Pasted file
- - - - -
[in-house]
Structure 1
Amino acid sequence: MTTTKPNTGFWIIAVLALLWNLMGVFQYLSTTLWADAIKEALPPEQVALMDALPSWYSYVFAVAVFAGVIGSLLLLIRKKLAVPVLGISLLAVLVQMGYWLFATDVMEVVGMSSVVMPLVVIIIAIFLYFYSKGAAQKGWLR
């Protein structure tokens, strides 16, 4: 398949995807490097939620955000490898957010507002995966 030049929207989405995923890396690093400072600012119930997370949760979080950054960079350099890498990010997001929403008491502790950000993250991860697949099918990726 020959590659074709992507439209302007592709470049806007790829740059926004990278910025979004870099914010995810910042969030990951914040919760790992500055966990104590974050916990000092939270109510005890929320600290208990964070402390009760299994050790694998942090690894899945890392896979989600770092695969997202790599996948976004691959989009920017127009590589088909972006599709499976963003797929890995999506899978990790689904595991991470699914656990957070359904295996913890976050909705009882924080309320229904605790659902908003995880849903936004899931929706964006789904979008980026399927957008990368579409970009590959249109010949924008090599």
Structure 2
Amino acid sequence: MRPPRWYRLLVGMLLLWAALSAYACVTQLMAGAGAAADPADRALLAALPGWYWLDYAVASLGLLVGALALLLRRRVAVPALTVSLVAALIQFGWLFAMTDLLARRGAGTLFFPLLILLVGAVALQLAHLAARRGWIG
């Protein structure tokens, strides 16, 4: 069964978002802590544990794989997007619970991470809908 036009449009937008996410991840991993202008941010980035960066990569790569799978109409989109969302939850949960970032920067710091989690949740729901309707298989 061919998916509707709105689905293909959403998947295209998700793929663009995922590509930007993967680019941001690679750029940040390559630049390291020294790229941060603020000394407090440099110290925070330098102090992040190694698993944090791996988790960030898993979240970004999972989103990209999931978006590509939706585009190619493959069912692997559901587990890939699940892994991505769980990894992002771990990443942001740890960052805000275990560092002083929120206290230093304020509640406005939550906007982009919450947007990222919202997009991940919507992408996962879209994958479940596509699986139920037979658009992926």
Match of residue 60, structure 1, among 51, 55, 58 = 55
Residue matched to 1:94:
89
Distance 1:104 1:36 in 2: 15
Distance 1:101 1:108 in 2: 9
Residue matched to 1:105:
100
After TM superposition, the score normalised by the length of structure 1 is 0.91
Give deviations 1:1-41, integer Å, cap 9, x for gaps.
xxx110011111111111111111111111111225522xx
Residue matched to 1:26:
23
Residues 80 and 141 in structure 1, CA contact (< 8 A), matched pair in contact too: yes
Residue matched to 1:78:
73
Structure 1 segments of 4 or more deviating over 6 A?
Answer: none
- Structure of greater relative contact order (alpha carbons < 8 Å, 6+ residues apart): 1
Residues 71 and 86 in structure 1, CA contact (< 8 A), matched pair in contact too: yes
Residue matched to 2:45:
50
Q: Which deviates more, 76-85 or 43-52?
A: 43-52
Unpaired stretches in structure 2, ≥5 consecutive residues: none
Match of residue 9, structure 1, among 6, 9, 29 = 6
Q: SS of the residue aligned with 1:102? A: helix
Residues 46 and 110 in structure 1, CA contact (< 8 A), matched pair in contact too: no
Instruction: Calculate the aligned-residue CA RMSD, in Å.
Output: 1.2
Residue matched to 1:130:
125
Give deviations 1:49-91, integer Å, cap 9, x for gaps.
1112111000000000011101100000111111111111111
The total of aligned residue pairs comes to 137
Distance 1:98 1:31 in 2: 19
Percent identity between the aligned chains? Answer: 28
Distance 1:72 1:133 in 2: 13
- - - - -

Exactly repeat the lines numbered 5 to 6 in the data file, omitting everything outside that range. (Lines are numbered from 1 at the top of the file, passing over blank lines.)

Structure 2
Amino acid sequence: MRPPRWYRLLVGMLLLWAALSAYACVTQLMAGAGAAADPADRALLAALPGWYWLDYAVASLGLLVGALALLLRRRVAVPALTVSLVAALIQFGWLFAMTDLLARRGAGTLFFPLLILLVGAVALQLAHLAARRGWIG